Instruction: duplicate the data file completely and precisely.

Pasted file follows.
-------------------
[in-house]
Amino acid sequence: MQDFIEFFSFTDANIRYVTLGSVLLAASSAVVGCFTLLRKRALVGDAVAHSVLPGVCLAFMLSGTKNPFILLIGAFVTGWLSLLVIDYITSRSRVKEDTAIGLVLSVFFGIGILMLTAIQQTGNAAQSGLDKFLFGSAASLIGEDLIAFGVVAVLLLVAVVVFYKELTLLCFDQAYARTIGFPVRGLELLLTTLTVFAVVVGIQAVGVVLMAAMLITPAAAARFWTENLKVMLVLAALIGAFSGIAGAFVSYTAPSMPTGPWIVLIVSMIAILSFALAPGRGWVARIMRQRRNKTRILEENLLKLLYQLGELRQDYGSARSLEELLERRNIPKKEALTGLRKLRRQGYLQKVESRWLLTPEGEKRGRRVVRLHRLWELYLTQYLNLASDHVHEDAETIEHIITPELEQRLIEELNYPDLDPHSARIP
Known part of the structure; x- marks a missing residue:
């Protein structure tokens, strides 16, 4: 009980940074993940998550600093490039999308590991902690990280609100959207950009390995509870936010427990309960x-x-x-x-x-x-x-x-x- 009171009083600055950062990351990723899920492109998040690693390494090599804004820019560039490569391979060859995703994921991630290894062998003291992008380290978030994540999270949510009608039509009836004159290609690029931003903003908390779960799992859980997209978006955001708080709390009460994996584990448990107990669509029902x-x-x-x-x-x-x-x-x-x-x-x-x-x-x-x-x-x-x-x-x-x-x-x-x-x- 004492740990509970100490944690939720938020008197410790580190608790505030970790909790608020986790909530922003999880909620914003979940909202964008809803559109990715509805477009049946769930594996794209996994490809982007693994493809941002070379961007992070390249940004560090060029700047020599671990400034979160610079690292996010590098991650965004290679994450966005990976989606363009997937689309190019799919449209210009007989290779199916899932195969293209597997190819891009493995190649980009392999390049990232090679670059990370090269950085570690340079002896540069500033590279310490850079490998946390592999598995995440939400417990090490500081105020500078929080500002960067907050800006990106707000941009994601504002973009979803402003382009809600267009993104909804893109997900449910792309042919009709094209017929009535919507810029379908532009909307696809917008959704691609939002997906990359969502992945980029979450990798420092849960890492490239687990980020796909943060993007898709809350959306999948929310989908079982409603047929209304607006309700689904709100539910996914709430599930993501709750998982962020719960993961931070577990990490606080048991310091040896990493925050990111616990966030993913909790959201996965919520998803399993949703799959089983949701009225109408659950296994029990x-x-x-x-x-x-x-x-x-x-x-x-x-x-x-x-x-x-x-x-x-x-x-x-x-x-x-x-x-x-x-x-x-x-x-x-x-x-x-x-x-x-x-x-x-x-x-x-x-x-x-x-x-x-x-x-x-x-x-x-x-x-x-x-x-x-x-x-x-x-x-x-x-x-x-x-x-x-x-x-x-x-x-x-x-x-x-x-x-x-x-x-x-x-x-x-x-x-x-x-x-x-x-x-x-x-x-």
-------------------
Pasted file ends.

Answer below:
[in-house]
Amino acid sequence: MQDFIEFFSFTDANIRYVTLGSVLLAASSAVVGCFTLLRKRALVGDAVAHSVLPGVCLAFMLSGTKNPFILLIGAFVTGWLSLLVIDYITSRSRVKEDTAIGLVLSVFFGIGILMLTAIQQTGNAAQSGLDKFLFGSAASLIGEDLIAFGVVAVLLLVAVVVFYKELTLLCFDQAYARTIGFPVRGLELLLTTLTVFAVVVGIQAVGVVLMAAMLITPAAAARFWTENLKVMLVLAALIGAFSGIAGAFVSYTAPSMPTGPWIVLIVSMIAILSFALAPGRGWVARIMRQRRNKTRILEENLLKLLYQLGELRQDYGSARSLEELLERRNIPKKEALTGLRKLRRQGYLQKVESRWLLTPEGEKRGRRVVRLHRLWELYLTQYLNLASDHVHEDAETIEHIITPELEQRLIEELNYPDLDPHSARIP
Known part of the structure; x- marks a missing residue:
């Protein structure tokens, strides 16, 4: 009980940074993940998550600093490039999308590991902690990280609100959207950009390995509870936010427990309960x-x-x-x-x-x-x-x-x- 009171009083600055950062990351990723899920492109998040690693390494090599804004820019560039490569391979060859995703994921991630290894062998003291992008380290978030994540999270949510009608039509009836004159290609690029931003903003908390779960799992859980997209978006955001708080709390009460994996584990448990107990669509029902x-x-x-x-x-x-x-x-x-x-x-x-x-x-x-x-x-x-x-x-x-x-x-x-x-x- 004492740990509970100490944690939720938020008197410790580190608790505030970790909790608020986790909530922003999880909620914003979940909202964008809803559109990715509805477009049946769930594996794209996994490809982007693994493809941002070379961007992070390249940004560090060029700047020599671990400034979160610079690292996010590098991650965004290679994450966005990976989606363009997937689309190019799919449209210009007989290779199916899932195969293209597997190819891009493995190649980009392999390049990232090679670059990370090269950085570690340079002896540069500033590279310490850079490998946390592999598995995440939400417990090490500081105020500078929080500002960067907050800006990106707000941009994601504002973009979803402003382009809600267009993104909804893109997900449910792309042919009709094209017929009535919507810029379908532009909307696809917008959704691609939002997906990359969502992945980029979450990798420092849960890492490239687990980020796909943060993007898709809350959306999948929310989908079982409603047929209304607006309700689904709100539910996914709430599930993501709750998982962020719960993961931070577990990490606080048991310091040896990493925050990111616990966030993913909790959201996965919520998803399993949703799959089983949701009225109408659950296994029990x-x-x-x-x-x-x-x-x-x-x-x-x-x-x-x-x-x-x-x-x-x-x-x-x-x-x-x-x-x-x-x-x-x-x-x-x-x-x-x-x-x-x-x-x-x-x-x-x-x-x-x-x-x-x-x-x-x-x-x-x-x-x-x-x-x-x-x-x-x-x-x-x-x-x-x-x-x-x-x-x-x-x-x-x-x-x-x-x-x-x-x-x-x-x-x-x-x-x-x-x-x-x-x-x-x-x-």